"It was not easy. You may be able to handle a shovel but that doesn't make you a digger. It was contract work paying a basic wage of 42 cents an hour. When it rained, the big ball alongside the hut was hung at half-mast and we could huddle inside. That meant a half-wage. But if that was your only choice, you took it.
There was one day, it was around nine in the morning, when a storm came in with rain, wind, cold ... The only place you could sit was the hut. The barracks were off-limits. The storm made the ground water rise again, so we sat in that hut with our legs well up. Finally my brother and I said, 'This is too much! We're going to the barracks!'But no one else dared to say anything for fear of getting fired. The foreman stopped us at the hut and drew a line, saying, 'Cross that and you'll be in Germany tomoroow!'So I said, 'Better in Germany with a bomb on my head than drowning in that hut! 'So we went and no one said a word. The next day we reported for work and what do you know? Suspended. Not fired, mind you. Our punishment? Working two days without pay!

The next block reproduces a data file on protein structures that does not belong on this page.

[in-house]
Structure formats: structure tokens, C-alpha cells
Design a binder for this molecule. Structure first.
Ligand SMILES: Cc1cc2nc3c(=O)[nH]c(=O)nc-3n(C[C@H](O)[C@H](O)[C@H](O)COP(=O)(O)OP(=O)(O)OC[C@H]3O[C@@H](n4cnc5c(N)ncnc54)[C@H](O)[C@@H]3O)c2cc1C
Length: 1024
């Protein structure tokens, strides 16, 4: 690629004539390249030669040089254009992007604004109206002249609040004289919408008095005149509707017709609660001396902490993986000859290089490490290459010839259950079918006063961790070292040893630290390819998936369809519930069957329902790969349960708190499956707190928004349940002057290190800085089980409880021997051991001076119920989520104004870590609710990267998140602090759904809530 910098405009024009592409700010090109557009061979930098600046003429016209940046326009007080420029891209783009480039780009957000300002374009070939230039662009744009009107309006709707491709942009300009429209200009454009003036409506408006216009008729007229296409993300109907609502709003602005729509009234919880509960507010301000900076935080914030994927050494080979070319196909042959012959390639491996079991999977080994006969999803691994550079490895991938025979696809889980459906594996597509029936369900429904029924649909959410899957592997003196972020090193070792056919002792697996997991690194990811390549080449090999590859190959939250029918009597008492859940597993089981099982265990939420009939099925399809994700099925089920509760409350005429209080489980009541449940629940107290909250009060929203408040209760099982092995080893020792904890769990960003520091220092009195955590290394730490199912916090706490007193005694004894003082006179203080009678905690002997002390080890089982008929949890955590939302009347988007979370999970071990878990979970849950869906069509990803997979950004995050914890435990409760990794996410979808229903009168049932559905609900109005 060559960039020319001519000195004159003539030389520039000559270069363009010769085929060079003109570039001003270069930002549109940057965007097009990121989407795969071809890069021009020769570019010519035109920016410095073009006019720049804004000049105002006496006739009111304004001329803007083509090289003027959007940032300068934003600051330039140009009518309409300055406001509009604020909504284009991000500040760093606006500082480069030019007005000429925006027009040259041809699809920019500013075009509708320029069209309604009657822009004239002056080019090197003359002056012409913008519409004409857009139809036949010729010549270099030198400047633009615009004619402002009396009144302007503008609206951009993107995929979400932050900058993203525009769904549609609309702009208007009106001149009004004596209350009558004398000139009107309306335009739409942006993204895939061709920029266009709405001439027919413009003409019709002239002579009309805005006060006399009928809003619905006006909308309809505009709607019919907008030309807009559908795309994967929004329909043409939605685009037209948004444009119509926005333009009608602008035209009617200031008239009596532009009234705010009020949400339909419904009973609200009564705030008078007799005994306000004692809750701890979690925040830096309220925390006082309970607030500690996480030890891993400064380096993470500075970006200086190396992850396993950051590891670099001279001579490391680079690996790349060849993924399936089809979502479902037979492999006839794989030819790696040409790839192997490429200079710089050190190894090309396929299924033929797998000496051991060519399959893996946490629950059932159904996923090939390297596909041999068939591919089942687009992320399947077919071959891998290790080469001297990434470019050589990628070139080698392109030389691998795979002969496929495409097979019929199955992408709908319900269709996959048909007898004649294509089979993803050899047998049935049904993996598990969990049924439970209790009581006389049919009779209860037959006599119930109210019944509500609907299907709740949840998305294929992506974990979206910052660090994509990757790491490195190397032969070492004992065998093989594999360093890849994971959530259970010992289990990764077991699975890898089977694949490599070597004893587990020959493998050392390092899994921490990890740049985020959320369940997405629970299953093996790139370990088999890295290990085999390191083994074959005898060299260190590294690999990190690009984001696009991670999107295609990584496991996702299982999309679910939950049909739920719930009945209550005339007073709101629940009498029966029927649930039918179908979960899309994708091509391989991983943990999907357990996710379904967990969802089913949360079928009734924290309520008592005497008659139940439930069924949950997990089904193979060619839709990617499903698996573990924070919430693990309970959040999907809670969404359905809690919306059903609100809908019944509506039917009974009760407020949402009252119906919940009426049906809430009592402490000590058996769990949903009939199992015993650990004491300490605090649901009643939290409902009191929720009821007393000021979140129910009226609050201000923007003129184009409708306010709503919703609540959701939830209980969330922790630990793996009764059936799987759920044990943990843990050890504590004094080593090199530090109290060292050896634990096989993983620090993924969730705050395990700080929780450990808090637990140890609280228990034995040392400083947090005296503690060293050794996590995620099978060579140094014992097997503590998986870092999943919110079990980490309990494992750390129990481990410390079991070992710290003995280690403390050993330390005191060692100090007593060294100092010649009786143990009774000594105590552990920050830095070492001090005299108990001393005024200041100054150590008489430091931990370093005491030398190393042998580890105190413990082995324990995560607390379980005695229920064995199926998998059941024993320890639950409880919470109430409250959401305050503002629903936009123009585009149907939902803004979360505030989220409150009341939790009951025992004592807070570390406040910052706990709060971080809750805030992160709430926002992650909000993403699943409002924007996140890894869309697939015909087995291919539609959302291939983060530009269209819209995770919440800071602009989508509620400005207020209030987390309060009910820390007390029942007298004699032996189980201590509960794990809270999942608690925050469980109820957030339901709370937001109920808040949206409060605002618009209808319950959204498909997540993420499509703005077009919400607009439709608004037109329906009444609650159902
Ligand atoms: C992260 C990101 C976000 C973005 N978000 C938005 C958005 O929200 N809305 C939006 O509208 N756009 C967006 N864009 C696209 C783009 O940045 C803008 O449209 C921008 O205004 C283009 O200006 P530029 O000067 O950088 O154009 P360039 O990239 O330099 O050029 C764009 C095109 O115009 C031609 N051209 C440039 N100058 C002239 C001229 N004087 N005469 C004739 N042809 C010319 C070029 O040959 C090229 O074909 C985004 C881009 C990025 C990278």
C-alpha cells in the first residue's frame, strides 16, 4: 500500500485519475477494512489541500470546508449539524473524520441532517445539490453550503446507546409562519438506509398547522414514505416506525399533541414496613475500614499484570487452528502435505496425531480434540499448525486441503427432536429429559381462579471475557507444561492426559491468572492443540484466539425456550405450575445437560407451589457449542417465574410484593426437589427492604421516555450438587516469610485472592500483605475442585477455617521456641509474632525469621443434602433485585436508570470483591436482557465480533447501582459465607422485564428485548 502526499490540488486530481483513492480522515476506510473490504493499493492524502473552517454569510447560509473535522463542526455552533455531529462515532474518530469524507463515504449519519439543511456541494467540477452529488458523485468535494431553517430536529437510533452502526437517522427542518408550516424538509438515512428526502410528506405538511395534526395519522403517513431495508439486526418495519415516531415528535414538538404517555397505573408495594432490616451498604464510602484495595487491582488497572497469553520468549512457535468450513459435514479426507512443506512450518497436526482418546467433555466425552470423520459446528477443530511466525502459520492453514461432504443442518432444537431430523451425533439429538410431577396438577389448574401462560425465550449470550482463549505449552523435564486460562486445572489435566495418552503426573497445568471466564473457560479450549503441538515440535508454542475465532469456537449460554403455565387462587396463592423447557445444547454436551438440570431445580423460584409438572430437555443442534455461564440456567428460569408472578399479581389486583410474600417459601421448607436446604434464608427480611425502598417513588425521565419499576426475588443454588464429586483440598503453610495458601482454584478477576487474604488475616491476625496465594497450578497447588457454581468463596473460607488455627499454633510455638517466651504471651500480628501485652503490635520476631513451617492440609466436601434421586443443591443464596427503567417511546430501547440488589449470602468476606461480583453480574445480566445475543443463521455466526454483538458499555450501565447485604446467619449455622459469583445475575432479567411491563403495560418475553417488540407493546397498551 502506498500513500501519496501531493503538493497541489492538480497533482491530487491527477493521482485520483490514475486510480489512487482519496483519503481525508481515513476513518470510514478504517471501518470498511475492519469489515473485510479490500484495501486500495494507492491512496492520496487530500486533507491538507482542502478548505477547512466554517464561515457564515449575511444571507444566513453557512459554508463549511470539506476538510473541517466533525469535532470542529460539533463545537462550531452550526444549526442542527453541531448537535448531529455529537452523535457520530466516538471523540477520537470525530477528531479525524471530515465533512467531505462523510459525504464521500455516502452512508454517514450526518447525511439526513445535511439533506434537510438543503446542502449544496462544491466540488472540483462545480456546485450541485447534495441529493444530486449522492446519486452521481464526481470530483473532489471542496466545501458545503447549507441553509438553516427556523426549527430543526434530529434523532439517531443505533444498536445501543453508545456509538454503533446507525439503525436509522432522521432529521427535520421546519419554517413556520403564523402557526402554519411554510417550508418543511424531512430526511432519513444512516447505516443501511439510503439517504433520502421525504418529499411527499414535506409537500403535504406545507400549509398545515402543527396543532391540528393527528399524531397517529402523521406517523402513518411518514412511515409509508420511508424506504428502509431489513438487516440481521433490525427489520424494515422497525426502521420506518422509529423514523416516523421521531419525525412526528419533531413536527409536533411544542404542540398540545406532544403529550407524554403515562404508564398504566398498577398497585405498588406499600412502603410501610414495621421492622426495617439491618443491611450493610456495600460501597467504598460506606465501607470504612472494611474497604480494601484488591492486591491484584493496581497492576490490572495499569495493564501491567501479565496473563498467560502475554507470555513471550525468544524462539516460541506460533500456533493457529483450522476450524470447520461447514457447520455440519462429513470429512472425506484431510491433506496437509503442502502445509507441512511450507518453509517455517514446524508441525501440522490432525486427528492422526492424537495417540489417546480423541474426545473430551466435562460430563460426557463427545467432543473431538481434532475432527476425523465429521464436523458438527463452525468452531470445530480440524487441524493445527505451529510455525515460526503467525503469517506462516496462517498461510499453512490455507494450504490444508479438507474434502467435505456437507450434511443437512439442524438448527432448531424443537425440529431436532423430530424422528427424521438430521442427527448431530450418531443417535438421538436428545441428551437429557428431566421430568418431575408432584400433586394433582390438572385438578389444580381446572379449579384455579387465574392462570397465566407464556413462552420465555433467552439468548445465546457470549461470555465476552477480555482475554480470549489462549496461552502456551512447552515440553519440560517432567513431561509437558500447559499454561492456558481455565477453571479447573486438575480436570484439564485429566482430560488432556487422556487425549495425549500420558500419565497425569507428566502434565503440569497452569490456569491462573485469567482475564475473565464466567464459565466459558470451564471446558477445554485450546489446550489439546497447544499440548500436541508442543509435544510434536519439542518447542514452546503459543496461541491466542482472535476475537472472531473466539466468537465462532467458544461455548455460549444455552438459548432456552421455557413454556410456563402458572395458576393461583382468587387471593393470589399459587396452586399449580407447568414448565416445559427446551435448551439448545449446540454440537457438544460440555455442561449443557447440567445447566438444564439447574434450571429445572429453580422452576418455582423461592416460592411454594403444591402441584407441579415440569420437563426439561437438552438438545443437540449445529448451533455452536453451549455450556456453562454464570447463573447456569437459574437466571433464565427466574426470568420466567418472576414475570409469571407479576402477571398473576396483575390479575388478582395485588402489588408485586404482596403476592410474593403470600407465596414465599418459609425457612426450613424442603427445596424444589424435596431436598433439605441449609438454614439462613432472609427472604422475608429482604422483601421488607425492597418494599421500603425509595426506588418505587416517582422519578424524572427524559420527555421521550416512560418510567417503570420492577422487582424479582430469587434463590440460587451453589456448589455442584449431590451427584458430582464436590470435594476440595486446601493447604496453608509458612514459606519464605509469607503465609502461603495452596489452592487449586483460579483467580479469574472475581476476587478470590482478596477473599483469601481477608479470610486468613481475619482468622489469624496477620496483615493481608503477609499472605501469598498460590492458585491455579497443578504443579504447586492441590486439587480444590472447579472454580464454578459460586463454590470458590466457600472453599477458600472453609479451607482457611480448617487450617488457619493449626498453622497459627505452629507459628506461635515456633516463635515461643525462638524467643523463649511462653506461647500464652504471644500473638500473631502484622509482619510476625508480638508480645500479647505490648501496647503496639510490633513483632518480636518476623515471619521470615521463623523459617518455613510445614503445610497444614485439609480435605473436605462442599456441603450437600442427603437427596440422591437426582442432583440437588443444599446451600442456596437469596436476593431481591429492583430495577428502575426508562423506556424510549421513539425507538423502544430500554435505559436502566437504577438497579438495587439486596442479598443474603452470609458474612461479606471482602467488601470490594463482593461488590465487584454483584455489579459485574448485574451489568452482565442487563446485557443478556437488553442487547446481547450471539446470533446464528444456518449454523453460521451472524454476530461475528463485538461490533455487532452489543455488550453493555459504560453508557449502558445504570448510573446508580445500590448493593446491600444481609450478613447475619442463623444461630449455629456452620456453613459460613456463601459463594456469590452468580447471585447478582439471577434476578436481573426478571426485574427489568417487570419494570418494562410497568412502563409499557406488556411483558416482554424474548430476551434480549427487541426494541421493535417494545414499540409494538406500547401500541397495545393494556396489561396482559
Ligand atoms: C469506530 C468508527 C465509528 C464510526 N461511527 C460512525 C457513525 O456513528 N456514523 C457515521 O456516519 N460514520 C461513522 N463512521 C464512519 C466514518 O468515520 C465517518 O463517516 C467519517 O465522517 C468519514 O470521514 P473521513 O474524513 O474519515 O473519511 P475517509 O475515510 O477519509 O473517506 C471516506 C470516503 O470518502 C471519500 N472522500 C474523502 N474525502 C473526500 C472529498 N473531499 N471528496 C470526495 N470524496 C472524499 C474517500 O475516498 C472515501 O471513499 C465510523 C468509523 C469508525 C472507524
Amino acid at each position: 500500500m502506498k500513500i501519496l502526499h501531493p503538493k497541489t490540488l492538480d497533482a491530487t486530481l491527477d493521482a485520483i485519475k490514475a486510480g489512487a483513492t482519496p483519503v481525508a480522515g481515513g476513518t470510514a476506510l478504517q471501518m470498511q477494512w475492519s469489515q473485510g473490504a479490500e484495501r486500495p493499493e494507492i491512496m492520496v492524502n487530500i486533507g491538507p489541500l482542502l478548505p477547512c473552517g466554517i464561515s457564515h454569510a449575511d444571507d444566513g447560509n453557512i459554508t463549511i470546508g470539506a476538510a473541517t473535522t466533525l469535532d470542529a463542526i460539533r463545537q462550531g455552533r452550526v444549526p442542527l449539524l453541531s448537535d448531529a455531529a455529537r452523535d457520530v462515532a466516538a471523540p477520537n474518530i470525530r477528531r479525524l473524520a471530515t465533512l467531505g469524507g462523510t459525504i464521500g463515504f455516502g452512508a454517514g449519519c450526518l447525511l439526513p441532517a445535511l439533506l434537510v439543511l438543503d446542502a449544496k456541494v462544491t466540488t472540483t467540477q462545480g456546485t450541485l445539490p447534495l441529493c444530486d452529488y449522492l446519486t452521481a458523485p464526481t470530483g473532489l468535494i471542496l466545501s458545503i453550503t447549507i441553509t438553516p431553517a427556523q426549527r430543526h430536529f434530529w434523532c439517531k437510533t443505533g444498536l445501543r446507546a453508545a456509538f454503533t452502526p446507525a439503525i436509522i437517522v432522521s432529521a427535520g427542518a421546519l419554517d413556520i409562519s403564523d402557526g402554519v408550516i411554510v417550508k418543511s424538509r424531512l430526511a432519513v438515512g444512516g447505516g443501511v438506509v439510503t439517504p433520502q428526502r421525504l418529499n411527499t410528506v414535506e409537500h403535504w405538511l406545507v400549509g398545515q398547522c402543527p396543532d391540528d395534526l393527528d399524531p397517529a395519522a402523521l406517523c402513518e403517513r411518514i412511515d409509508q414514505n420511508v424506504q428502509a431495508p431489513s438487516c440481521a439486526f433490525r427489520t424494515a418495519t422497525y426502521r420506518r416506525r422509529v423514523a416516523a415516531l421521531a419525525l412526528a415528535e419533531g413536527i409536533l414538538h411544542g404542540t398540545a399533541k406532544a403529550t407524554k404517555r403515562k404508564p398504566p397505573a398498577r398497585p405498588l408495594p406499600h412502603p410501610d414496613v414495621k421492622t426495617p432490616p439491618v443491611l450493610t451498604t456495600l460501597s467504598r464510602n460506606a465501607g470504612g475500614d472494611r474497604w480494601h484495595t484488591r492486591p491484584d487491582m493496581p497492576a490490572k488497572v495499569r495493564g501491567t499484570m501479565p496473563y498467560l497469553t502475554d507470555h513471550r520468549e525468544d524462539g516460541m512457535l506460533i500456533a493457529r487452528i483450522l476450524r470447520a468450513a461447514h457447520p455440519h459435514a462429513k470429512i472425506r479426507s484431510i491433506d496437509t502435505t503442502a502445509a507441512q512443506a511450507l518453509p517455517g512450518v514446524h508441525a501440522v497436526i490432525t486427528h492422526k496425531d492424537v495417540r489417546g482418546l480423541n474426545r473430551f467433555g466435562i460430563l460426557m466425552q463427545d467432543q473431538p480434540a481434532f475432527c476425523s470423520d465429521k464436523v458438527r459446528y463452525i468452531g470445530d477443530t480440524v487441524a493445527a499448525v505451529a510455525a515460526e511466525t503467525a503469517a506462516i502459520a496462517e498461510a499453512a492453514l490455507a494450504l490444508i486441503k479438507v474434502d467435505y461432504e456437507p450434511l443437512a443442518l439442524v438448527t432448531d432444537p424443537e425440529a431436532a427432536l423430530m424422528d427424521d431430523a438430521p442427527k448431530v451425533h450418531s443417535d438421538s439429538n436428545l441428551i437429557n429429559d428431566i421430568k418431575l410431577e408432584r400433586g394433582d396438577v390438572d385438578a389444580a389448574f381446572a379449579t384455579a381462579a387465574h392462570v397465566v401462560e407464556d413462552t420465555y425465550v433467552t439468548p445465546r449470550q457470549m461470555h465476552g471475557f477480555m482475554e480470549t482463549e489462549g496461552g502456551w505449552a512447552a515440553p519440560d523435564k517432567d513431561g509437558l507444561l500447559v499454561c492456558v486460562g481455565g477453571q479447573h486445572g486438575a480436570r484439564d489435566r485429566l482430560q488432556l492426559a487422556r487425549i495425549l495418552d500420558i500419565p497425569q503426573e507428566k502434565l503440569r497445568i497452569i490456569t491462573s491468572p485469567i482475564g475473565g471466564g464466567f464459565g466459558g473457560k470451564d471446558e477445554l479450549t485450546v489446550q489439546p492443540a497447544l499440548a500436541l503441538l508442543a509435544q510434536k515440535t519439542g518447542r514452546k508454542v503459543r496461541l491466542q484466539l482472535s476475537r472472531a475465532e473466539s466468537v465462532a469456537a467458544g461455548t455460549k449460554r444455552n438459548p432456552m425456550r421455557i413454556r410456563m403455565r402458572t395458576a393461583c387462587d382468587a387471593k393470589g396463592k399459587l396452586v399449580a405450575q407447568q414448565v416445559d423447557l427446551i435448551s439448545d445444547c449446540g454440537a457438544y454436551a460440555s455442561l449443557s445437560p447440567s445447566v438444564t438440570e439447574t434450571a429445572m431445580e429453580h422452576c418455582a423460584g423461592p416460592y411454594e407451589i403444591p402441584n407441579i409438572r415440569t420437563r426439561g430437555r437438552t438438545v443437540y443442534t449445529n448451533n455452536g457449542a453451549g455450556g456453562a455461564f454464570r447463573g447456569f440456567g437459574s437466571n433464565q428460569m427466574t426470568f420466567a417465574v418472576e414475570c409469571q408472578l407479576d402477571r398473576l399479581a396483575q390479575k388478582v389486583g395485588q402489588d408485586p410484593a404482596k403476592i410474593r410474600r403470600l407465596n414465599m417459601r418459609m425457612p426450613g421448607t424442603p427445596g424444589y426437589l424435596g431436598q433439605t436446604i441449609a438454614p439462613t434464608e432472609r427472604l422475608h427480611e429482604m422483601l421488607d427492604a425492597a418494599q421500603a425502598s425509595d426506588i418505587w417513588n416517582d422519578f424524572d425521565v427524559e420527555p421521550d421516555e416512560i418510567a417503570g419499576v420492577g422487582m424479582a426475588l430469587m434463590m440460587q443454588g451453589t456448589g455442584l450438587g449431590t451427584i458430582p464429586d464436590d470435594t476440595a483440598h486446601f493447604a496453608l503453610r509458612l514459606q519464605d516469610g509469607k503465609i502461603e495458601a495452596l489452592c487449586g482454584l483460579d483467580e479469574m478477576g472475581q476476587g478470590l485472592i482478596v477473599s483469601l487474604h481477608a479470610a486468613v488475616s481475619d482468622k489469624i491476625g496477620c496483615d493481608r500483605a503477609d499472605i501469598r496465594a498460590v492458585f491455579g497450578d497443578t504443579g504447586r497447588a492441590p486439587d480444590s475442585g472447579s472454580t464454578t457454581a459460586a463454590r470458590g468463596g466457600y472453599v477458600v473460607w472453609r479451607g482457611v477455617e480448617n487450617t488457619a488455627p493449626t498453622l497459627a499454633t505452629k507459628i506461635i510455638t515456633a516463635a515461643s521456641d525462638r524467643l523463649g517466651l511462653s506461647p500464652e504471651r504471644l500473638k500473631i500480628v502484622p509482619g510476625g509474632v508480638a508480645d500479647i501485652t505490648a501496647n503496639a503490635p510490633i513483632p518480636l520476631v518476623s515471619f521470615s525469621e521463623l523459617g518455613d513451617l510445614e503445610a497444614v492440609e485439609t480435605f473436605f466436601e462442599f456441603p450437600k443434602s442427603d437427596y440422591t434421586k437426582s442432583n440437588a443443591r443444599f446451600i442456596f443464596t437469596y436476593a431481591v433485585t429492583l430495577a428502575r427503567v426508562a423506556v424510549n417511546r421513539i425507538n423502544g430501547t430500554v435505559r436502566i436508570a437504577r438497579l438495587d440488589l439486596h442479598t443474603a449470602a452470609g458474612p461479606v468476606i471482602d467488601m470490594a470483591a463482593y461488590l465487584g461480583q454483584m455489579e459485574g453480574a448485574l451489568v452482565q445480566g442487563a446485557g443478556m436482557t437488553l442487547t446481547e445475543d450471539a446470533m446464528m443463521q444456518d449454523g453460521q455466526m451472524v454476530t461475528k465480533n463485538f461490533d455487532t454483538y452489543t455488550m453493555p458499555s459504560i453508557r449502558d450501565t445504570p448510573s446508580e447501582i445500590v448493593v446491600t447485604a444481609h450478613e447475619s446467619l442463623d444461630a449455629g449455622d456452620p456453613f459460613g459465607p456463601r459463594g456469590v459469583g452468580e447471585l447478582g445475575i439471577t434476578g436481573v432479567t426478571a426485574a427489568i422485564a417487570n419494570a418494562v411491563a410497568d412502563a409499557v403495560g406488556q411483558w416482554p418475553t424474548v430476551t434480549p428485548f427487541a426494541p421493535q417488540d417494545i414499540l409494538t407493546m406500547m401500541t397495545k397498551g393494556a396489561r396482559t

(Source: Batavialand, Oral History Project Interview Lucas Huizinga (b. 1917), a farmers son and polder worker in the Noordoostpolder during the Second World War).